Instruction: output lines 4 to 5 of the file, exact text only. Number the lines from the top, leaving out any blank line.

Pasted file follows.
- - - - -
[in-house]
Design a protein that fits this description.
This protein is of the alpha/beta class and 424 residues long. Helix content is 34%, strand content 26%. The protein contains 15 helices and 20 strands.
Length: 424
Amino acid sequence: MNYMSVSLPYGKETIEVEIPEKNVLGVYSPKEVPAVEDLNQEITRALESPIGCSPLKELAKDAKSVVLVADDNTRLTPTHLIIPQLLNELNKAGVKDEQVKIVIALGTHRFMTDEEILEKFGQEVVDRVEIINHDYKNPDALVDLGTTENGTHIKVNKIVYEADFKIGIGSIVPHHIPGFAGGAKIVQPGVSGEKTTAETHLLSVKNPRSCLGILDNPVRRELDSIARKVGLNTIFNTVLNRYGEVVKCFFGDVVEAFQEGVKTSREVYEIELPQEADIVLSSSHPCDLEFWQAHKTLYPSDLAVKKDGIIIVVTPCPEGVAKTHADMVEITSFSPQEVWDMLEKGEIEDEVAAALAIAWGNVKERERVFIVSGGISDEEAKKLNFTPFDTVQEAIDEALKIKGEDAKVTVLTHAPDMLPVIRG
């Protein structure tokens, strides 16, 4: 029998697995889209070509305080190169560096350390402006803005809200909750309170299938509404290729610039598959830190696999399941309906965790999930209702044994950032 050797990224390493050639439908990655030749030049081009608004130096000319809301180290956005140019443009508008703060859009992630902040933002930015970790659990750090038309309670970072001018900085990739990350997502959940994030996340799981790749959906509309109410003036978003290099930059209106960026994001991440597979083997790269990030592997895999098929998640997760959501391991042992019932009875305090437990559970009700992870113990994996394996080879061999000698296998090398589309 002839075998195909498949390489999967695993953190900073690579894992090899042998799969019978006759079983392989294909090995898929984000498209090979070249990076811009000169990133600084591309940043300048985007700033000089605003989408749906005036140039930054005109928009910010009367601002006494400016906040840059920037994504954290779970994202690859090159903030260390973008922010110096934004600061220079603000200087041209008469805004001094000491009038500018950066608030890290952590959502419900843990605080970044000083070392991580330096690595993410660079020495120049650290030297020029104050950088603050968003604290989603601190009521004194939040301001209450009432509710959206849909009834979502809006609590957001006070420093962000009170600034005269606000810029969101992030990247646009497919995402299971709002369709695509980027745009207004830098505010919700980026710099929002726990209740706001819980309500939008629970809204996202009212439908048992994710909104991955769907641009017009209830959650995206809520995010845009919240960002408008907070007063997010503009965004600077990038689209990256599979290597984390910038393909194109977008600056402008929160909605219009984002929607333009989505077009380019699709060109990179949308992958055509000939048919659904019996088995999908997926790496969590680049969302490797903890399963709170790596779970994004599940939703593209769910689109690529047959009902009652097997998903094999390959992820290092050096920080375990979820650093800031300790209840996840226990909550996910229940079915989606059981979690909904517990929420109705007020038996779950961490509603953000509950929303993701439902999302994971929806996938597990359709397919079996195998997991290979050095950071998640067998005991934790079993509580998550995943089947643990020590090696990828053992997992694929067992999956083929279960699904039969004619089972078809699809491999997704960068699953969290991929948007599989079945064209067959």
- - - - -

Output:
Length: 424
Amino acid sequence: MNYMSVSLPYGKETIEVEIPEKNVLGVYSPKEVPAVEDLNQEITRALESPIGCSPLKELAKDAKSVVLVADDNTRLTPTHLIIPQLLNELNKAGVKDEQVKIVIALGTHRFMTDEEILEKFGQEVVDRVEIINHDYKNPDALVDLGTTENGTHIKVNKIVYEADFKIGIGSIVPHHIPGFAGGAKIVQPGVSGEKTTAETHLLSVKNPRSCLGILDNPVRRELDSIARKVGLNTIFNTVLNRYGEVVKCFFGDVVEAFQEGVKTSREVYEIELPQEADIVLSSSHPCDLEFWQAHKTLYPSDLAVKKDGIIIVVTPCPEGVAKTHADMVEITSFSPQEVWDMLEKGEIEDEVAAALAIAWGNVKERERVFIVSGGISDEEAKKLNFTPFDTVQEAIDEALKIKGEDAKVTVLTHAPDMLPVIRG